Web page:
Third District Judge Sheila McCleve ruled Tuesday that a letter written from a jail inmate to another judge that somehow involves the case of a man charged with killing a corrections officer can be released to media lawyers.

The document was provisionally sealed by 3rd District Judge Deno Himonas and McCleve ordered that it remain sealed, allowing it to be read only by attorneys for the Deseret News.

"No disclosure to anyone," McCleve said.

The letter, referred to in court documents as the "Cobb letter," presumably has some reference to the case of Curtis Michael Allgier, 30, who is charged with capital murder in connection with the 2007 shooting death of corrections officer Stephen Anderson.

The Salt Lake County District Attorney's Office has announced it will seek the death penalty if Allgier is convicted of killing Anderson.

Attorney Jeffrey Hunt, who represents the Deseret News, argued that he and two other lawyers in his firm need to be able to read the letter so they can prepare legal briefs and arguments for future litigation that could make the letter's contents public.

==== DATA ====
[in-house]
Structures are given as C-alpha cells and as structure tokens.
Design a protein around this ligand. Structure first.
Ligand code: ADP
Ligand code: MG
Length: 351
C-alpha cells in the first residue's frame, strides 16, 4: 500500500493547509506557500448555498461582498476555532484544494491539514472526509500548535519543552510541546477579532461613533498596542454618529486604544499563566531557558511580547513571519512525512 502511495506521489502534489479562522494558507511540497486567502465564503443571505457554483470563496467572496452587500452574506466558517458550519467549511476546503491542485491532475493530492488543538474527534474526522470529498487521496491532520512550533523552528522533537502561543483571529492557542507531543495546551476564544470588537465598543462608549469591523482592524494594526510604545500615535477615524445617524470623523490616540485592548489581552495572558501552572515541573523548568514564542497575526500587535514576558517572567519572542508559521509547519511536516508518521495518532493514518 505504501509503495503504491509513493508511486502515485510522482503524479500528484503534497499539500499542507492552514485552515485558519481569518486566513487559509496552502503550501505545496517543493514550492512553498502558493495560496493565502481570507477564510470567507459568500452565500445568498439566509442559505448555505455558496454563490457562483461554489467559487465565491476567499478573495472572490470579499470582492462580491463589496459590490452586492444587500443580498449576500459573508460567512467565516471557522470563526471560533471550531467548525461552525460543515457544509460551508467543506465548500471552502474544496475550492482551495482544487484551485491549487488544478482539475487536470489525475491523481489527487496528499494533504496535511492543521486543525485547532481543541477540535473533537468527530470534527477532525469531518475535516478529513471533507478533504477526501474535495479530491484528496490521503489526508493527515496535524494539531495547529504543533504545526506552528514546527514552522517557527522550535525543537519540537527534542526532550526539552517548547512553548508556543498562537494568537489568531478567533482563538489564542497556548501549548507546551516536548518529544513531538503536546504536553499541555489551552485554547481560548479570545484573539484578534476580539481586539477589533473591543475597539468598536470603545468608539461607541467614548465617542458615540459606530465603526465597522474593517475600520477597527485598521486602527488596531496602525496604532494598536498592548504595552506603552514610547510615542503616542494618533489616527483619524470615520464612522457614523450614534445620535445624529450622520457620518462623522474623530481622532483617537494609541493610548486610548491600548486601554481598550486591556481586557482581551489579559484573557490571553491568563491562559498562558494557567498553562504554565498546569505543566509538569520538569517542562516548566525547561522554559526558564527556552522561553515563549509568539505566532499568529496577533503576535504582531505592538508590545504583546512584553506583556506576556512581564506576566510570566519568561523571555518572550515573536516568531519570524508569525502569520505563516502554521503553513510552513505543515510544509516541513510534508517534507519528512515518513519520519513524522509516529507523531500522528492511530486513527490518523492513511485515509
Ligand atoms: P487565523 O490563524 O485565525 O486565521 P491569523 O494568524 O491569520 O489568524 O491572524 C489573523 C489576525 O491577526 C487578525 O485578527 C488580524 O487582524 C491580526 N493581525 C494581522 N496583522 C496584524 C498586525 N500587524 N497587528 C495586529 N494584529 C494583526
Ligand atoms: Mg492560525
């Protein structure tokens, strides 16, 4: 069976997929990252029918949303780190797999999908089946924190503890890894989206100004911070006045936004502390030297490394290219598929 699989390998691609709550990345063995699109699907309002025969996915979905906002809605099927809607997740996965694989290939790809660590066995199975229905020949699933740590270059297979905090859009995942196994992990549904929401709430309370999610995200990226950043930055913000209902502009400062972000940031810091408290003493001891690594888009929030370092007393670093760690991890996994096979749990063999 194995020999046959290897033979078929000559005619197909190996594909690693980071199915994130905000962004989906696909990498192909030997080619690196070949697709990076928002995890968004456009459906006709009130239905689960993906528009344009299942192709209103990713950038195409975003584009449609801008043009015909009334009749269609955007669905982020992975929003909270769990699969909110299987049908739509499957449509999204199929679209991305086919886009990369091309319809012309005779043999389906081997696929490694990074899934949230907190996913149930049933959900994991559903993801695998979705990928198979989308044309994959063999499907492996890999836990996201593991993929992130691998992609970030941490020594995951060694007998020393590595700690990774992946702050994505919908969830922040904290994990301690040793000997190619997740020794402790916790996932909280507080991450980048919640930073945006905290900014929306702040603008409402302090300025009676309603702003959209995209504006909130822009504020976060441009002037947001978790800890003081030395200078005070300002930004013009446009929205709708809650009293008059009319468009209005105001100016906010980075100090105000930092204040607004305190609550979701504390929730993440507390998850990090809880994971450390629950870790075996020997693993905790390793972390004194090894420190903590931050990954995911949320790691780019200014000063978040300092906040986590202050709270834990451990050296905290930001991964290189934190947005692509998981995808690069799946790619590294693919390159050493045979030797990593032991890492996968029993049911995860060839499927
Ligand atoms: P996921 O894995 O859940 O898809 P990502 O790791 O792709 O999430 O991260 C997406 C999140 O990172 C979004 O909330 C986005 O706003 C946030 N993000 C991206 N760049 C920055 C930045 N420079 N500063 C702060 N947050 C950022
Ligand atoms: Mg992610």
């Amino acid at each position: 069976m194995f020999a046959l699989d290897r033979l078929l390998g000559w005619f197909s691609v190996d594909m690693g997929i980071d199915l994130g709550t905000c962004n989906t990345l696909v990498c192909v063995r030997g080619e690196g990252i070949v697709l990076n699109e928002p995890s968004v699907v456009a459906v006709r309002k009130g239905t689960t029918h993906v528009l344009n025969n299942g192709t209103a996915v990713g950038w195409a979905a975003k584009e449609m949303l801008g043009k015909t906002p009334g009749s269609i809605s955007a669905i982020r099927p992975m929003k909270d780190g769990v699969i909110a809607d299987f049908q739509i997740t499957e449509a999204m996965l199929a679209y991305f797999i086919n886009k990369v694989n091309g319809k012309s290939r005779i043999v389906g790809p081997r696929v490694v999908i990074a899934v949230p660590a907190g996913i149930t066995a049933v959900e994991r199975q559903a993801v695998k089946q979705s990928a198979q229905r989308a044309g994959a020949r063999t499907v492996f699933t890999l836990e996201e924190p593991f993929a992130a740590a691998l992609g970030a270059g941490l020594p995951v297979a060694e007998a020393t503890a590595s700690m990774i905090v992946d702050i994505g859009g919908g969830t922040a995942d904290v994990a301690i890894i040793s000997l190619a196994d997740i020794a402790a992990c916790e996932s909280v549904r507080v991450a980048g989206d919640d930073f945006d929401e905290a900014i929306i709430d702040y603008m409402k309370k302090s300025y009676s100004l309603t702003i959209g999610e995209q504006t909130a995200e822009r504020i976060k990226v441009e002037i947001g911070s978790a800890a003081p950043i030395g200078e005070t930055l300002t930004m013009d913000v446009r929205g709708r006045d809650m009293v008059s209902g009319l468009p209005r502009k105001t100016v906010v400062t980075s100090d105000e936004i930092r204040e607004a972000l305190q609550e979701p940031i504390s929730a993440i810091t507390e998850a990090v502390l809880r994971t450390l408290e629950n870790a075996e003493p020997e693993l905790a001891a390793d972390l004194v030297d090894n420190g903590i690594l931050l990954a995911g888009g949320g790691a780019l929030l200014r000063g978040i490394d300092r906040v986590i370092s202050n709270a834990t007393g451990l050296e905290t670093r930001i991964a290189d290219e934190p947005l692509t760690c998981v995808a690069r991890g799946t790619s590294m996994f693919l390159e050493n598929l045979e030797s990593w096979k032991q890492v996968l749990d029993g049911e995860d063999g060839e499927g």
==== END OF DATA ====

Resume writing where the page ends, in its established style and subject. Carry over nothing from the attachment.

Hunt argued that the letter should be released on an "eyes only" basis to media attorneys for three reasons: because this is the fair thing to do; this is consistent with a Utah Supreme Court ruling regarding another case as well as procedures followed in other high-profile cases; and it would not jeopardize Allgier's chance to have a fair trial.

Media attorneys should be on the same footing as the prosecutors and defense attorneys in regard to this matter, he said. Without access to the letter, it is nearly impossible to argue that it should be made public.

Defense attorney Ralph Dellapiana, however, argued that the letter is not from any of the parties directly involved in Allgier's case.

Furthermore, both the defense team and prosecutors have agreed that they will not be using the letter as evidence for either side.

As for the media lawyers' right to access, Dellapiana said the Supreme Court ruling and procedures used to open records in other cases applied only to evidence that would be part of such things as preliminary hearings or trials, which are public record. This would not apply to a letter written by someone not a party to the case that got sent to the courthouse, he said.

McCleve said the court would provide a sealed copy of the letter to Hunt and his firm, and he assured her that it will be locked up and its contents will not be released to anyone else, including his media client.

The judge also emphasized that the letter could be used only for future court proceedings regarding making it public and not as a means to leverage any other information. McCleve emphasized she did not want Allgier's right to a fair trial jeopardized.

Allgier, 29, who was in court Tuesday, is being held in the Salt Lake County Jail on no bail.


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